"How different could the West Coast be from the East?" I have spent the last two years on the North Shore of Massachusetts, and assumed that Coast is Coast is Coast. And yet, over the past few weeks in Northern California, I have perceived quite a few distinctions from New England, the primary one centered around a single characteristic: height.
In Massachusetts, I am a beach-frequenter. Often times, my friends and I will buy a bundle of wood and build a campfire by the shore, staring up at the sky long enough to see a shooting star or two. But the California coast caught me by surprise--it just looked so massive. Now I don't think the beaches are in fact any larger than those in New England, but the hills. These make all the difference. I felt insignificant at the bottom, and empowered at the peaks.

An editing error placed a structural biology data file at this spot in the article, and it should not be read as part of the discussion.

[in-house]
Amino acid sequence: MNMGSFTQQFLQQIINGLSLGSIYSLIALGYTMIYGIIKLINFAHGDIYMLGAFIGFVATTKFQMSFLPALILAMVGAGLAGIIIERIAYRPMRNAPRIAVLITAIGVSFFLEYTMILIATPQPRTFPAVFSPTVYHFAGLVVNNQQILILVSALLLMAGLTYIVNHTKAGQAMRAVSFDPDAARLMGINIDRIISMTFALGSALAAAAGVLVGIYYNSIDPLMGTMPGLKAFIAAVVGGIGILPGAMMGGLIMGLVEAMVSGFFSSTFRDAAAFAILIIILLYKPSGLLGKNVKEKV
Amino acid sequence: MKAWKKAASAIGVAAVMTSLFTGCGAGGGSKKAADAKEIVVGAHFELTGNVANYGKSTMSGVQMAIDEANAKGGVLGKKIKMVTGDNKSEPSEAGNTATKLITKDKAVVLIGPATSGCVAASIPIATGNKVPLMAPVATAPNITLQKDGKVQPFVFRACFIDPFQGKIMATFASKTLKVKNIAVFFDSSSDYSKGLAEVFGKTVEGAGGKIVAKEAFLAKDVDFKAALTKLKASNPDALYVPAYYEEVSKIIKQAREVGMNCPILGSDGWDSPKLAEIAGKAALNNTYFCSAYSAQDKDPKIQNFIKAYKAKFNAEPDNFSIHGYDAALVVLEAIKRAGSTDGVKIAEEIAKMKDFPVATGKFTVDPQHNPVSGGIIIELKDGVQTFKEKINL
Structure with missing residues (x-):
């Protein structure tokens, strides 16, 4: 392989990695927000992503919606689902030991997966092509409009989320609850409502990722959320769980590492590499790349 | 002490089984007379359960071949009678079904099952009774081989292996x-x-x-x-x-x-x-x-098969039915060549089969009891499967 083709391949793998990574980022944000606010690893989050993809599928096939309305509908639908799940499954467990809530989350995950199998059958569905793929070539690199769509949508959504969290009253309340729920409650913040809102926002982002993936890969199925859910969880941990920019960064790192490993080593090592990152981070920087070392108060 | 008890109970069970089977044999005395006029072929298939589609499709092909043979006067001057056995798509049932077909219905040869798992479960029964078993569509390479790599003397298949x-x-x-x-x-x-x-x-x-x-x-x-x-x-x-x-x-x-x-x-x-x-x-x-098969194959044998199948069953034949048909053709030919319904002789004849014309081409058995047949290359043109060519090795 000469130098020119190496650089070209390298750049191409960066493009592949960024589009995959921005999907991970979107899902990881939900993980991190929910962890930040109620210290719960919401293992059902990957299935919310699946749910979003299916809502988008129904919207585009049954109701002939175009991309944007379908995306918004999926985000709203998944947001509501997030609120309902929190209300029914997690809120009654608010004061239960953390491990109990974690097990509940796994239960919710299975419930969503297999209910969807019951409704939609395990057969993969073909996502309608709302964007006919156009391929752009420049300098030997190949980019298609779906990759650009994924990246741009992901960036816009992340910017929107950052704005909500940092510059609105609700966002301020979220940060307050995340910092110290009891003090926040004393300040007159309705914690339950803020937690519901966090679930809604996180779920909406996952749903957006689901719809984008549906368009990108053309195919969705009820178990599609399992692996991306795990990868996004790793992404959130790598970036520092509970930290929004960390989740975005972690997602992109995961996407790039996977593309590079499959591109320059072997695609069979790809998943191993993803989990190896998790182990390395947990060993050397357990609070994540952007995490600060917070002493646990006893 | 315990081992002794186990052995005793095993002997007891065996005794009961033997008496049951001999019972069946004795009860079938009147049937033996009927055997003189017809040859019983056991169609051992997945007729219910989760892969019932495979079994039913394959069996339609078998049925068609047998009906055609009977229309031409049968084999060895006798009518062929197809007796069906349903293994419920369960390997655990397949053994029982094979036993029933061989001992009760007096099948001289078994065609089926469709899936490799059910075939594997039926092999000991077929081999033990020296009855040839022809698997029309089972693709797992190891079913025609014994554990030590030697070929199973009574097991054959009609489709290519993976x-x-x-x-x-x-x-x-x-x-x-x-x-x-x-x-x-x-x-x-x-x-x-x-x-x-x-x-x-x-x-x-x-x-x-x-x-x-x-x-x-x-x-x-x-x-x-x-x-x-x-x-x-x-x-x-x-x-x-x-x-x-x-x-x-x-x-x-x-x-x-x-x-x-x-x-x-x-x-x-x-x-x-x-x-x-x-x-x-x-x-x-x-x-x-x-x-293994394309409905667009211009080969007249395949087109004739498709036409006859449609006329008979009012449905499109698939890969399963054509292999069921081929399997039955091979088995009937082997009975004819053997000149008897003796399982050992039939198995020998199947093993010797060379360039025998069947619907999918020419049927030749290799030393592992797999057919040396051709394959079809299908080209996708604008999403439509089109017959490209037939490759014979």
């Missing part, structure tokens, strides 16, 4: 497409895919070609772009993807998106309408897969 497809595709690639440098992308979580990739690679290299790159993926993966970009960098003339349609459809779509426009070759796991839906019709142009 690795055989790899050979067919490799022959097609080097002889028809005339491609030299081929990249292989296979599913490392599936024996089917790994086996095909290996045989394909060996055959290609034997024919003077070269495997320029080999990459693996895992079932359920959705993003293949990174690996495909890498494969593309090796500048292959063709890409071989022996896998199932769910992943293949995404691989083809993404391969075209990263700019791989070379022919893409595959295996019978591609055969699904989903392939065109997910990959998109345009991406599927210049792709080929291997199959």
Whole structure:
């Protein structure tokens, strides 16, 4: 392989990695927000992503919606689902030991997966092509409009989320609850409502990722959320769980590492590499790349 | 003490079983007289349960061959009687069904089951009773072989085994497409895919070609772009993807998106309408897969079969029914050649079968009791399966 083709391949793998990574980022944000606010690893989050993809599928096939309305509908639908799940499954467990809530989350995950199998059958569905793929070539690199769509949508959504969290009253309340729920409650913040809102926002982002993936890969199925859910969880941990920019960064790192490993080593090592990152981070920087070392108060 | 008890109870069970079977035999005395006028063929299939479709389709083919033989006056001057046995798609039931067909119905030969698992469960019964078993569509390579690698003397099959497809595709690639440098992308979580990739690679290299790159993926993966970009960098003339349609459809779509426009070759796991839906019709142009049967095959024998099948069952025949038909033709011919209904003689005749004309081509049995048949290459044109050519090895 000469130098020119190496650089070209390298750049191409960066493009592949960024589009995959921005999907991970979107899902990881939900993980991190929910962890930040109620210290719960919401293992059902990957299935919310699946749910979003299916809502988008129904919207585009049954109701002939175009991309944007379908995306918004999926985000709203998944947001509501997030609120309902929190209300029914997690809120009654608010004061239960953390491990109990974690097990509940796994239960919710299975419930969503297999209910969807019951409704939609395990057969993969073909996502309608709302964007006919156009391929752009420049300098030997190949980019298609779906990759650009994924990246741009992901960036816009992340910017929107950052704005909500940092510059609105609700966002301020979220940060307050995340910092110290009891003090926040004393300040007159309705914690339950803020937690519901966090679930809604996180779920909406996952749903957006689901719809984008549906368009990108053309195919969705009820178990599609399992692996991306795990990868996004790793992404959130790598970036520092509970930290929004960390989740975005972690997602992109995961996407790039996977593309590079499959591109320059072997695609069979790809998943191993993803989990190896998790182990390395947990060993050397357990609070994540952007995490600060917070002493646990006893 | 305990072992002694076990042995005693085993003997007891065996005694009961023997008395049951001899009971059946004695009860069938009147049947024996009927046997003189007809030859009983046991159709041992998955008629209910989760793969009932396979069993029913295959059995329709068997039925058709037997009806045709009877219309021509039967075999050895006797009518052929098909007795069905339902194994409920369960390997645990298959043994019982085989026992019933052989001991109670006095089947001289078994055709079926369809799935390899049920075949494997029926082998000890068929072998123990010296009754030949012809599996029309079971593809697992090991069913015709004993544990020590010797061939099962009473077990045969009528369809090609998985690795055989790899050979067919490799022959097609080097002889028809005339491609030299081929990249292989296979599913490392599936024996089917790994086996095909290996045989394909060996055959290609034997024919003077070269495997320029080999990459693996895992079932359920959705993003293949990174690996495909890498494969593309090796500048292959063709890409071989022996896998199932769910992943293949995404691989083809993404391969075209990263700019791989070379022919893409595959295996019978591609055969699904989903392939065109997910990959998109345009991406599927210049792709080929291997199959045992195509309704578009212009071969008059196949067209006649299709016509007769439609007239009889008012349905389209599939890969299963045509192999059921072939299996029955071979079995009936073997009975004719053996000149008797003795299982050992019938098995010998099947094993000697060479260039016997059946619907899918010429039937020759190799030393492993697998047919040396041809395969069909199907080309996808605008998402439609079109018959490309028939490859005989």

And then, to the Red Woods.
Typically, my grandmother is the one in the family who stops at every moment to exclaim in her southern drawl, "Would you look at these Magnolias! How magnificent." She's the one to stop and stare, and I'm the one to press forward. But this time, I found myself pausing frequently, neck pulled back in awe of how tall these trees were, how old they must have been. Some that had fallen were broken in two, and you can see hundreds of rings circling the center, indicating severe age. The Red Woods are a spectacle to see.
I recently saw Sufjan Stevens live in Boston, and though I had seen him before in a Christmas show, his performance really shook me. And perhaps it was his newest album, Carrie and Lowell that shook me. But either way, shaken I was, by the musical simplicity and yet lyrical profundity. One line that particularly sticks out, from the track "All of Me Wants All of You", is "Landscape changed my point of view." As I stared at the lowering sun from the tip of a hill overlooking Petaluma, this is what occurred to me. Landscape does just perspective. As does height.